Or am I missing something?

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If you pack the 16 channel values of 12 bits each into an 24 byte array, then you just send that array byte by byte. You can do something like this to set a 12 bit value in the array:

// Packed array with 12 bit grayscale channel data
uint8_t tlc5940_data[24];

void tlc5940_set(uint8_t channel, uint16_t value)
{
    if (channel & 1)
    {
        // Odd channel, half first byte on low
        tlc5940_data[channel*3/2] &= 0xF0;
        tlc5940_data[channel*3/2] |= value >> 8;
        tlc5940_data[channel*3/2 + 1] = value;
    } else {
        tlc5940_data[channel*3/2] = value >> 4;
        tlc5940_data[channel*3/2 + 1] &= 0x0F;
        tlc5940_data[channel*3/2 + 1] |= (value << 4);
    }
}
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Snigelen ,

I think you understand what I'm trying to do but
I am having trouble understanding what exactly you did .

Just to make sure that we are on the same boat here :

What needs to happen is that I have an array for example: int tlc5940_data[24];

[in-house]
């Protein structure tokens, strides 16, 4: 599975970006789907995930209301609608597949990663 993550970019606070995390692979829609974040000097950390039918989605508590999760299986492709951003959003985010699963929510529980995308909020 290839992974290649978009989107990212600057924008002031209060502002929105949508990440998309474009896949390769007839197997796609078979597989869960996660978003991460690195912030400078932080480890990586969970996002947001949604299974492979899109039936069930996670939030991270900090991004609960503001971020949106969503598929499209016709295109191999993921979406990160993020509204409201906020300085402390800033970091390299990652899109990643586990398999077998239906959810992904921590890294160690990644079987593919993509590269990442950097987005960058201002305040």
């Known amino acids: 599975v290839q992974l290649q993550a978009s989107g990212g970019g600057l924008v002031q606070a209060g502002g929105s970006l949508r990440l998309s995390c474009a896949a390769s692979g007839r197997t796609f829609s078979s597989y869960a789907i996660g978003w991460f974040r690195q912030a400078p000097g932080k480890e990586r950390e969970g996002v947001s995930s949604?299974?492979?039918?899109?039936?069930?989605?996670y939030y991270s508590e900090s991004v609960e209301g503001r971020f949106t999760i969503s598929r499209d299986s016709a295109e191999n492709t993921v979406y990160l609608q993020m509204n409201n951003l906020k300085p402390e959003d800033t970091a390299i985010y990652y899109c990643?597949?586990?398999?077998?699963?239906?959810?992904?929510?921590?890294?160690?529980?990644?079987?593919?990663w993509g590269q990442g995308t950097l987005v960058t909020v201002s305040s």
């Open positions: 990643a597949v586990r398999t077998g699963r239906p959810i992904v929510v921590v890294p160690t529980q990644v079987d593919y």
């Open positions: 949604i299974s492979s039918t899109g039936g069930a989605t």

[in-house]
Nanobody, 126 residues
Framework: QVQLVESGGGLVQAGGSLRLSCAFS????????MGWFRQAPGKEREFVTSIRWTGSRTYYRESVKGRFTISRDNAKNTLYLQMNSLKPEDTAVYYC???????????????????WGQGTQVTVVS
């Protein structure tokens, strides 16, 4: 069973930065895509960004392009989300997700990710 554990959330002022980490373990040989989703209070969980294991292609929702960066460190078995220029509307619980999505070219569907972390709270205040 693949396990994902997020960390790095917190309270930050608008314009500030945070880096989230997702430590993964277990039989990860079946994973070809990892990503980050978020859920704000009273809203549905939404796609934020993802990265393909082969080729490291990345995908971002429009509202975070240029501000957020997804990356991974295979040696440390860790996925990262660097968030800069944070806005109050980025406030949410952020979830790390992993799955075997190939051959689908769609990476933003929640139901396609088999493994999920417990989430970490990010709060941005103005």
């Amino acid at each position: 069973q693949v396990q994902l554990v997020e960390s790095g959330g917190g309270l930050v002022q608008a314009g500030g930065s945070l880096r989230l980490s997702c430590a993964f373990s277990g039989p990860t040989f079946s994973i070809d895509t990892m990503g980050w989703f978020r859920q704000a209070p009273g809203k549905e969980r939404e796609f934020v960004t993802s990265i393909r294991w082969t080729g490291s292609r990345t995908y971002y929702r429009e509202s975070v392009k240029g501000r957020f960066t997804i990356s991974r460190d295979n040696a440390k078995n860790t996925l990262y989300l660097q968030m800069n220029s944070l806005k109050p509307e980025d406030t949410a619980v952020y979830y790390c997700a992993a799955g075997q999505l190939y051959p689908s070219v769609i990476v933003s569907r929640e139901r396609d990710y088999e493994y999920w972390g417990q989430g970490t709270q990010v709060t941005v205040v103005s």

This array will hold decimal values from 0 to 4096 for all 24 channels (hence why it's 24 elements long)
, and what I'm going to be doing is packing that 24chan - 12 bit array into a 36 channel 8 bit array right?

I could then have the SPI look into the 36 chan 8 bit array and then send the data to the TLC since the TLC doesn't care in how many chunks it recieves the data because it's serial anyway .

Or if there was a way that I could just send the 24 chan 12 bit array bit by bit using software that would be fine aswell .

I am trying to understand the code that you wrote . I think I approximately see what you are doing but not fully . Could you explain in abit more detail if you have the time please?

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Also , if I was going to go for a "cheaper" solution what I would do is have the tlc5940_data[24] array (grayscale data) in 8 bits and I could send 8 bits with the SPI and then manually shift in four zeros which would make it 12 bit per channel with an 8 bit precision .

I thought about it and I think this would work fine for my purpose , but I'm interested to hear how I could send the full 12 bit resolution

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Quote:
Just to make sure that we are on the same boat here :